The goals of the research group Light Matter Interactions are to study the interaction of femtosecond and picosecond laser pulses with various materials such as metals, for the generation and application of extremely-high-frequency ultrasound, and to improve our understanding of light-induced damage of materials used in semiconductor device manufacturing.
Applications of ultrasound include the detection of nanostructures underneath optically opaque layers. What’s interesting is that the wavelengths that correspond to these ultrahigh sound frequencies have values in the tens to hundreds of nanometer range, which is up to an order of magnitude shorter than the typical wavelengths of visible light.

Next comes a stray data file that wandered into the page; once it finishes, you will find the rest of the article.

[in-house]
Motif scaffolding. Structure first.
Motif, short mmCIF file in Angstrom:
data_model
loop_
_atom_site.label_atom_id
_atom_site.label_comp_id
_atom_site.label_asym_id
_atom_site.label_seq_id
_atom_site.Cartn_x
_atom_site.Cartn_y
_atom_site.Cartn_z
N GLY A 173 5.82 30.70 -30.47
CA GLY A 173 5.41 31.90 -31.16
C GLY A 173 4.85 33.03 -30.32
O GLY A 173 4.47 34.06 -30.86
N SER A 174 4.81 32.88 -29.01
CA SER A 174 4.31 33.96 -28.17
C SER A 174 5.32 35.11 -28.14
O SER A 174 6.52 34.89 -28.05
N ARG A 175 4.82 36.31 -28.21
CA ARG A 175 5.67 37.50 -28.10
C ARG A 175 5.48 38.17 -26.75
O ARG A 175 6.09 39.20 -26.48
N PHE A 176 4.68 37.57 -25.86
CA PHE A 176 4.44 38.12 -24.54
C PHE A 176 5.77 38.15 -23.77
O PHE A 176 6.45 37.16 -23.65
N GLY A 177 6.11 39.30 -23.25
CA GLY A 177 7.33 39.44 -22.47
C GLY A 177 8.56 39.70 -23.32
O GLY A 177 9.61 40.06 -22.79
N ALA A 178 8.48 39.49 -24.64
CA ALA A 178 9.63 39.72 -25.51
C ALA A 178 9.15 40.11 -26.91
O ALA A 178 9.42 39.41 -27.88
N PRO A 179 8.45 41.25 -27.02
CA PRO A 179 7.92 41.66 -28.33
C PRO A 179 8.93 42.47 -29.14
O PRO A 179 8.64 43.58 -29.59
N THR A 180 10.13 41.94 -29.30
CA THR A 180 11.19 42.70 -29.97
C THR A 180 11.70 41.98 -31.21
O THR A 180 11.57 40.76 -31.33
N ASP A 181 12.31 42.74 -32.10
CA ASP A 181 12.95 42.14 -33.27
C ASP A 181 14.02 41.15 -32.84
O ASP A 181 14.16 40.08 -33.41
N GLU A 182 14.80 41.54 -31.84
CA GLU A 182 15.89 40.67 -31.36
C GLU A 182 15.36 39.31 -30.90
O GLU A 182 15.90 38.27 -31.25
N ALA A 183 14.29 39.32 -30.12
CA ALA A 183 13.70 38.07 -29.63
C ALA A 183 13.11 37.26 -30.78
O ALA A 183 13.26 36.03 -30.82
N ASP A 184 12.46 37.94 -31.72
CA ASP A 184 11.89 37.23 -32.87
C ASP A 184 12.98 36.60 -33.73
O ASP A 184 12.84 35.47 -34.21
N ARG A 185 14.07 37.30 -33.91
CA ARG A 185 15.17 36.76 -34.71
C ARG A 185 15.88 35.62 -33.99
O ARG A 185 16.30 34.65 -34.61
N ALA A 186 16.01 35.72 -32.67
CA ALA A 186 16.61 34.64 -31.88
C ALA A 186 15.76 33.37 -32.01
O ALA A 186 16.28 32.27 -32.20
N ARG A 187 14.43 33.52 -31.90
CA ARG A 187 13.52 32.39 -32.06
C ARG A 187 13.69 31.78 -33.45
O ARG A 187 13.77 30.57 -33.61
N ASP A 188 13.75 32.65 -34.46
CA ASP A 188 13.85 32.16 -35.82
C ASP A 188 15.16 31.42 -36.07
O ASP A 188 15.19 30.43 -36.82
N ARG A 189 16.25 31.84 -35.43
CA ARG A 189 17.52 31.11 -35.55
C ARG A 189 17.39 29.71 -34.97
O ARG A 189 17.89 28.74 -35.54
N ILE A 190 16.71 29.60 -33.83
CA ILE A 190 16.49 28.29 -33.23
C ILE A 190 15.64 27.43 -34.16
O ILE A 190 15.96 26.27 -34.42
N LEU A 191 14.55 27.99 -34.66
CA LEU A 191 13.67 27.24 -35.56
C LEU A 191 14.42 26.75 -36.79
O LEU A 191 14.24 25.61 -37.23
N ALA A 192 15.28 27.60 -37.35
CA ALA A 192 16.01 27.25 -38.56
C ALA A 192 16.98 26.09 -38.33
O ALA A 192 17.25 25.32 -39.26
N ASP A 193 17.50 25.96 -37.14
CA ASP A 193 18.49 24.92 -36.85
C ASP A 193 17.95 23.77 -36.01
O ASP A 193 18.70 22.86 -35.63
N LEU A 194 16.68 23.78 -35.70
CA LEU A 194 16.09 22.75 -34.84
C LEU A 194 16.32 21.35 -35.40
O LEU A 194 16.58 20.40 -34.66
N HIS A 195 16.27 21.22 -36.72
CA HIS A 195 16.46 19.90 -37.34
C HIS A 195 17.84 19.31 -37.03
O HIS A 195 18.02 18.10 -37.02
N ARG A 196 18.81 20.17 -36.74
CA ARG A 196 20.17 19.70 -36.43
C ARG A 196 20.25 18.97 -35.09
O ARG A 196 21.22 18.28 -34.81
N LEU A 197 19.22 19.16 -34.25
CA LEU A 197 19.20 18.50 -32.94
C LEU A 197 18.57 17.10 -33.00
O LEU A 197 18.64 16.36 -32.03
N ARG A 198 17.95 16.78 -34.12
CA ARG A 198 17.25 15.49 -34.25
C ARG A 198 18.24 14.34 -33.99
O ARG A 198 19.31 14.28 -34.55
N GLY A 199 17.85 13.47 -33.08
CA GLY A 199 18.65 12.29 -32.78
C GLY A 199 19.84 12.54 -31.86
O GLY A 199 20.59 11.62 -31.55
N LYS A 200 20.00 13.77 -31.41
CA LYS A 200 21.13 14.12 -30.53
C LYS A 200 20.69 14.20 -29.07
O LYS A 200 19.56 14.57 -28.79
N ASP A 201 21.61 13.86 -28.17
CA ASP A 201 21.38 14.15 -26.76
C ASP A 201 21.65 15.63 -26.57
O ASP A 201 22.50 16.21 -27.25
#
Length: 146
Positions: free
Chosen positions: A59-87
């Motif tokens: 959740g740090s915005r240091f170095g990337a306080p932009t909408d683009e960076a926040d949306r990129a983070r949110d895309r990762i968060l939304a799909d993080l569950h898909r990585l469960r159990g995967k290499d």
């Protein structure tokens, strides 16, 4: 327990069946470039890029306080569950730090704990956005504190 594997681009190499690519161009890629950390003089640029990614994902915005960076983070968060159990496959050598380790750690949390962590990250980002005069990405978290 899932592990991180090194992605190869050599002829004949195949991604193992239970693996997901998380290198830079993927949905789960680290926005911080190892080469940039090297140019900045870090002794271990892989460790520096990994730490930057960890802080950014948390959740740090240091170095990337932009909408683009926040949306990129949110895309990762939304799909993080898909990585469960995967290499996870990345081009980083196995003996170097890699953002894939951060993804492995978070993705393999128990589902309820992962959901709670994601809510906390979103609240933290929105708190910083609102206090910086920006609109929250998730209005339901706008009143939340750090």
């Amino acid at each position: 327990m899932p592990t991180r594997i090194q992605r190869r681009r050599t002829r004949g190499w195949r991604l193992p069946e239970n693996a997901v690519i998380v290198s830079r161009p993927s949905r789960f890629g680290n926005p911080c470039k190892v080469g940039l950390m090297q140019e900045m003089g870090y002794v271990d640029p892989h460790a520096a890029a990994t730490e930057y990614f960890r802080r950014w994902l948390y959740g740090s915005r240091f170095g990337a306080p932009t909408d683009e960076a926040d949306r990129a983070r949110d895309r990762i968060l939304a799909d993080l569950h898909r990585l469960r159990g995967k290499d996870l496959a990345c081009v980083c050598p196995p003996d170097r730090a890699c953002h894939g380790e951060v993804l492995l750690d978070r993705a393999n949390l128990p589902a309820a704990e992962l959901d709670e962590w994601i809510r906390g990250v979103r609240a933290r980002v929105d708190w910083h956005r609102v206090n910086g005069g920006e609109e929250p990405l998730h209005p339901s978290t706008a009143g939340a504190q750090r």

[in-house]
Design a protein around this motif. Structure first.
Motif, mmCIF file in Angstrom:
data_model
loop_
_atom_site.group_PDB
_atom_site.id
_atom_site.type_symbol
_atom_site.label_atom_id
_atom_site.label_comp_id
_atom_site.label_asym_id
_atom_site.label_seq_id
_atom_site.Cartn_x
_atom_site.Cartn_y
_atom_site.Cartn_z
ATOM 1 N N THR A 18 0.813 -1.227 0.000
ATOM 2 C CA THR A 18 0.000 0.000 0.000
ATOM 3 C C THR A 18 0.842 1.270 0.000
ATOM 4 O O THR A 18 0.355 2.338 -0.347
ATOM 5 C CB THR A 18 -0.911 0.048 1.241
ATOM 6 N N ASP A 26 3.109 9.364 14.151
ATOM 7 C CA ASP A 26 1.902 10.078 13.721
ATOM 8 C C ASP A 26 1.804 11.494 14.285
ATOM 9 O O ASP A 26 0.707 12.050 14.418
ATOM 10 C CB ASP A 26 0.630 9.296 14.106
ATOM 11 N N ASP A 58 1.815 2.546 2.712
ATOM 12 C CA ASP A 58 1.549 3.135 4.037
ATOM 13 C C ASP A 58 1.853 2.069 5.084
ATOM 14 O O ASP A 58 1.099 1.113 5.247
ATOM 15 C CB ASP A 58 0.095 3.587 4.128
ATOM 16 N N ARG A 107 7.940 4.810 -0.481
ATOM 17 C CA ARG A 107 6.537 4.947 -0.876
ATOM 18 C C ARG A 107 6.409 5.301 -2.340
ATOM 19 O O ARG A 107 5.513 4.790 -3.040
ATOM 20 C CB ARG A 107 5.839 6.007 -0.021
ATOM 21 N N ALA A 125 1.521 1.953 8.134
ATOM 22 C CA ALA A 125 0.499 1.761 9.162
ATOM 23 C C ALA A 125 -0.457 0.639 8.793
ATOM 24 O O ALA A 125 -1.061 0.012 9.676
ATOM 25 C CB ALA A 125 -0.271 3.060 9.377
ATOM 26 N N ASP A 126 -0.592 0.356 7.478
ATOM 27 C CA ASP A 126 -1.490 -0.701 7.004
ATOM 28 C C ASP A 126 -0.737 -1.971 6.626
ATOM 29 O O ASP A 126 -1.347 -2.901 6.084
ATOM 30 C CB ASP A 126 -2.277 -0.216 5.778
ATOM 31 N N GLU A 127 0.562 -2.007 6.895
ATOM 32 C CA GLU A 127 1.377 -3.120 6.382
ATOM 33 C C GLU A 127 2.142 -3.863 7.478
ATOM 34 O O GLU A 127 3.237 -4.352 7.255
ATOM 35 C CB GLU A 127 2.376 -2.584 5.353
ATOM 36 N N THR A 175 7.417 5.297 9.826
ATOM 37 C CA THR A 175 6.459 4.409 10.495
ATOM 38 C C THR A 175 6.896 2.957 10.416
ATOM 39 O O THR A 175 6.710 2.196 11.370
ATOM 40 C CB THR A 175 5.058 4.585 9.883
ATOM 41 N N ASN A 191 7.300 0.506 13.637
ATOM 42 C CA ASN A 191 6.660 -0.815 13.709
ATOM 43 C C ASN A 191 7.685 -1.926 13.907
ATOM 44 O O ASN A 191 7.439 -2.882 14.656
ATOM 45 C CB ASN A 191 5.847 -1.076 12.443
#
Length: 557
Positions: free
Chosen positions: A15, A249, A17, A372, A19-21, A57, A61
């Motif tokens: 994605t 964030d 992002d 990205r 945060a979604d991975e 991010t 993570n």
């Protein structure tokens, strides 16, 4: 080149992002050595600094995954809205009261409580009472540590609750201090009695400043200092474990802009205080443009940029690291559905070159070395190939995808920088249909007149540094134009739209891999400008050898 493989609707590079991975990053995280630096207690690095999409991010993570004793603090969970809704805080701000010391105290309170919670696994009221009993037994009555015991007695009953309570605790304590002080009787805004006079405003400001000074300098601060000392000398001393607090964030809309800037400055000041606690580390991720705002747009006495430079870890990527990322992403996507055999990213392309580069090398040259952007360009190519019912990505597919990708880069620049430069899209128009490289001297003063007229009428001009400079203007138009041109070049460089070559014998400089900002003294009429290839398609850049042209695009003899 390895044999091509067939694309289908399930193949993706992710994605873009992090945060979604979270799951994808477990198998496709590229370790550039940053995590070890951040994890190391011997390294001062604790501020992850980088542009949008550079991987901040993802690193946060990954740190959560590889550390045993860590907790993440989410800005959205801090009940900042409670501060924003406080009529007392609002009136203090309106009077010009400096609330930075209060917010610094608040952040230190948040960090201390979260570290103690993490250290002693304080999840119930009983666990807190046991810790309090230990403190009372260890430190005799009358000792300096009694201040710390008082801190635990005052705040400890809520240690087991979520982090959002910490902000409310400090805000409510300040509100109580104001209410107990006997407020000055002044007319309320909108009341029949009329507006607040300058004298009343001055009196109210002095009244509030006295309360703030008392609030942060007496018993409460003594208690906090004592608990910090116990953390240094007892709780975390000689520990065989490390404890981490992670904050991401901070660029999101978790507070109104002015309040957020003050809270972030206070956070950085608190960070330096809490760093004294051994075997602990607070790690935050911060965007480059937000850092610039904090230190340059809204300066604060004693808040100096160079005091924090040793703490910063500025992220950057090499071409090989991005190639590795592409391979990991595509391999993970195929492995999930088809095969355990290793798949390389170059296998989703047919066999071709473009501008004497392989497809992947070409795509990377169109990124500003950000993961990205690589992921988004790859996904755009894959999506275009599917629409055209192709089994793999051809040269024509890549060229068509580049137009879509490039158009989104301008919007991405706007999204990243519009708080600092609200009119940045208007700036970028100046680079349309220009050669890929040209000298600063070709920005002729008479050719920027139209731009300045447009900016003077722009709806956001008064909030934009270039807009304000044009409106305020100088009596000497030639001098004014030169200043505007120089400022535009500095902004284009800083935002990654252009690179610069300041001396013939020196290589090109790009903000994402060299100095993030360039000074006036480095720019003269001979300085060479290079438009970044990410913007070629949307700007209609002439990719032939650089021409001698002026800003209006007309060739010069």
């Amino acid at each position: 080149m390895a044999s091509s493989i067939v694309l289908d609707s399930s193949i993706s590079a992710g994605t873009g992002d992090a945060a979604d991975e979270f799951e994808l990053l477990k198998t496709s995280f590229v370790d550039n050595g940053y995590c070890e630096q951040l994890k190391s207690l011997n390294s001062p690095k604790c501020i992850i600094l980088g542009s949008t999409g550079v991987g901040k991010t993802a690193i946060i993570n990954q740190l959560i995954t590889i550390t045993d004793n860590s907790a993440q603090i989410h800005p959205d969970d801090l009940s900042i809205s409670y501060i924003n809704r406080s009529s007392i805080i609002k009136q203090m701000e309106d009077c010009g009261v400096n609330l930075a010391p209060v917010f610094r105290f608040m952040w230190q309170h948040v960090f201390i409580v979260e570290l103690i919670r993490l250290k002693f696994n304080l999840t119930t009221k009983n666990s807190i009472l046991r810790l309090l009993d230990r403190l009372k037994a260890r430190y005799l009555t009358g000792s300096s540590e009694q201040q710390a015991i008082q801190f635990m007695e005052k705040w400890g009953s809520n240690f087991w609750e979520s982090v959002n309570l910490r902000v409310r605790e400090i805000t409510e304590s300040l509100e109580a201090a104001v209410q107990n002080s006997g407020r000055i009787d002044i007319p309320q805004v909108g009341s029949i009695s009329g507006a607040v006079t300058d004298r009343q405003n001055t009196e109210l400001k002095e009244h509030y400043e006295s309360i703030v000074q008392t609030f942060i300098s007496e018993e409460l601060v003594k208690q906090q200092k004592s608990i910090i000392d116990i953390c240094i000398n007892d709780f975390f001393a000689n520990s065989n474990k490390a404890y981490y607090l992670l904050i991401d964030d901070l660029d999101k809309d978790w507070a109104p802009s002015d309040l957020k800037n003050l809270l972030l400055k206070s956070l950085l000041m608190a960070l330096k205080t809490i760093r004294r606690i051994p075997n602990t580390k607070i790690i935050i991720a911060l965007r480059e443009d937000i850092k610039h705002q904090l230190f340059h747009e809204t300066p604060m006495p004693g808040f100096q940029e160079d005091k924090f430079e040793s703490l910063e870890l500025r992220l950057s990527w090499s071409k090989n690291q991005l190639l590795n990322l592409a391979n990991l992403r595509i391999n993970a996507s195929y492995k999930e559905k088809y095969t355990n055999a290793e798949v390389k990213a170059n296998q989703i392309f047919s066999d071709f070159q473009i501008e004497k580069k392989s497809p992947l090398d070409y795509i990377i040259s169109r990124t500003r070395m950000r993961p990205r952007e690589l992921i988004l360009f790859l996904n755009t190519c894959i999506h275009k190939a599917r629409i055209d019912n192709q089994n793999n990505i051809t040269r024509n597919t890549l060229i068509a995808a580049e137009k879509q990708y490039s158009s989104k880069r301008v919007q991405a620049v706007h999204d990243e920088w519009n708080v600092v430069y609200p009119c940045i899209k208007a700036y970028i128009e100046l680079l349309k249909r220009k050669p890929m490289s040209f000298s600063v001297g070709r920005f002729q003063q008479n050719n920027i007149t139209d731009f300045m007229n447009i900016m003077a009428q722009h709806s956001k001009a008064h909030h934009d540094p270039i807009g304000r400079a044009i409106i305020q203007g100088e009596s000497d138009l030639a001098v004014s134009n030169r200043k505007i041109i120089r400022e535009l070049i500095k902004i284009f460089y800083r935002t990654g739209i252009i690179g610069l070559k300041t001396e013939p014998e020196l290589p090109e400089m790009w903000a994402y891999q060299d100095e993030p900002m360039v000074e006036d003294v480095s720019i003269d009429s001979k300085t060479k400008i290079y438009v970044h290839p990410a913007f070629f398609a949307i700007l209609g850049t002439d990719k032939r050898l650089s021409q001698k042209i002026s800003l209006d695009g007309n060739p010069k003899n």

Techniques used are (two-color) pump-probe techniques, transient-grating techniques, ultrafast plasmonics, using various femtosecond laser systems, including an amplified femtosecond laser system pumping an optical parametric amplifier capable of generating mid-infrared femtosecond laser pulses.
We often fabricate nanostructures (in the cleanroom) for various research goals. For example, to illustrate the ability of extremely-high-frequency ultrasound to detect these structures, or to facilitate the excitation of surface plasmon polaritons.